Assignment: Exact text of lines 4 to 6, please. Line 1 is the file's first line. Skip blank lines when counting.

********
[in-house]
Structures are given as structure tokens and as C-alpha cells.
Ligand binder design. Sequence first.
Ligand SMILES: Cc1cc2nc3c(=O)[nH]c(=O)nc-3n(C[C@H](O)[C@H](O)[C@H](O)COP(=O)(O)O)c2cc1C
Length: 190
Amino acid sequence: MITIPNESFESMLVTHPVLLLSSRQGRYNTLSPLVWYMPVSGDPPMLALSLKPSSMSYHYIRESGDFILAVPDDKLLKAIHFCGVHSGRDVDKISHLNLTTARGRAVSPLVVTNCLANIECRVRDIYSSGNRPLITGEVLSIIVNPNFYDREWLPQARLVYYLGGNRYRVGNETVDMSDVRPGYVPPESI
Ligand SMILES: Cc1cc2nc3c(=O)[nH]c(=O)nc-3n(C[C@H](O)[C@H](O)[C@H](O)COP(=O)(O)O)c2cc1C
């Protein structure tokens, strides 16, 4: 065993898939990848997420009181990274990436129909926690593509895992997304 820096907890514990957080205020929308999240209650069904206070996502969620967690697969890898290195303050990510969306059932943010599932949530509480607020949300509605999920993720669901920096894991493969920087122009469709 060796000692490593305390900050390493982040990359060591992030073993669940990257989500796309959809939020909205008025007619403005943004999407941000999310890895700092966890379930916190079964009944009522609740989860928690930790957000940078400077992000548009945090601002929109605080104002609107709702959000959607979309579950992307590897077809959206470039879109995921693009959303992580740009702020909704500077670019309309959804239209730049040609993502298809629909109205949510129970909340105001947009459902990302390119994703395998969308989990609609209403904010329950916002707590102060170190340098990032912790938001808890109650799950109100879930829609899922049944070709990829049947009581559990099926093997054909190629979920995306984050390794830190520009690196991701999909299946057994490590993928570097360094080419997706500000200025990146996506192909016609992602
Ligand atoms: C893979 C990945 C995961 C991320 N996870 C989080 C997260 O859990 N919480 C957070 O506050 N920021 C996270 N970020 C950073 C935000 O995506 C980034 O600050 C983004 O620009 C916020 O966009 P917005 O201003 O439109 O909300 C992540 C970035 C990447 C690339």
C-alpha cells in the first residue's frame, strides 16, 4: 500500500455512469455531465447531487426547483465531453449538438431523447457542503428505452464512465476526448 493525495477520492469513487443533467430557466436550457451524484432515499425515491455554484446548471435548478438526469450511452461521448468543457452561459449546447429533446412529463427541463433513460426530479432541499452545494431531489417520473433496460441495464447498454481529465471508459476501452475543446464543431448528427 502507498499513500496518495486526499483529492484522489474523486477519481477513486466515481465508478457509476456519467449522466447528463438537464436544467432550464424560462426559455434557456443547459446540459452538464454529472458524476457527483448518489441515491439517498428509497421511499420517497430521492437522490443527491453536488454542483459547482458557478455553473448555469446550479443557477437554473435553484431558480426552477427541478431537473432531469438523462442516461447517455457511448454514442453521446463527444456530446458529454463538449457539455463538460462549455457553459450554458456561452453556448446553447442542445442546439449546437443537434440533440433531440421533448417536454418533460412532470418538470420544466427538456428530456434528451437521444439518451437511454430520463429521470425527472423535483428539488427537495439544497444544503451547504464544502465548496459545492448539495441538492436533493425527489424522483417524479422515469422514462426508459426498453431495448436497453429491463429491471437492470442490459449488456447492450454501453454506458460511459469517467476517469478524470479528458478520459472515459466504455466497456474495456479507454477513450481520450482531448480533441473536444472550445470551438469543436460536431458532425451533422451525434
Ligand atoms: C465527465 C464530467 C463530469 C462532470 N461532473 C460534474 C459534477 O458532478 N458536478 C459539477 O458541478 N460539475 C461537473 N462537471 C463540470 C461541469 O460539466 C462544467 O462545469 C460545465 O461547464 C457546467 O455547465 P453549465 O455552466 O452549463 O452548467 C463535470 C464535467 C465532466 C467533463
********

Ligand SMILES: Cc1cc2nc3c(=O)[nH]c(=O)nc-3n(C[C@H](O)[C@H](O)[C@H](O)COP(=O)(O)O)c2cc1C
Length: 190
Amino acid sequence: MITIPNESFESMLVTHPVLLLSSRQGRYNTLSPLVWYMPVSGDPPMLALSLKPSSMSYHYIRESGDFILAVPDDKLLKAIHFCGVHSGRDVDKISHLNLTTARGRAVSPLVVTNCLANIECRVRDIYSSGNRPLITGEVLSIIVNPNFYDREWLPQARLVYYLGGNRYRVGNETVDMSDVRPGYVPPESI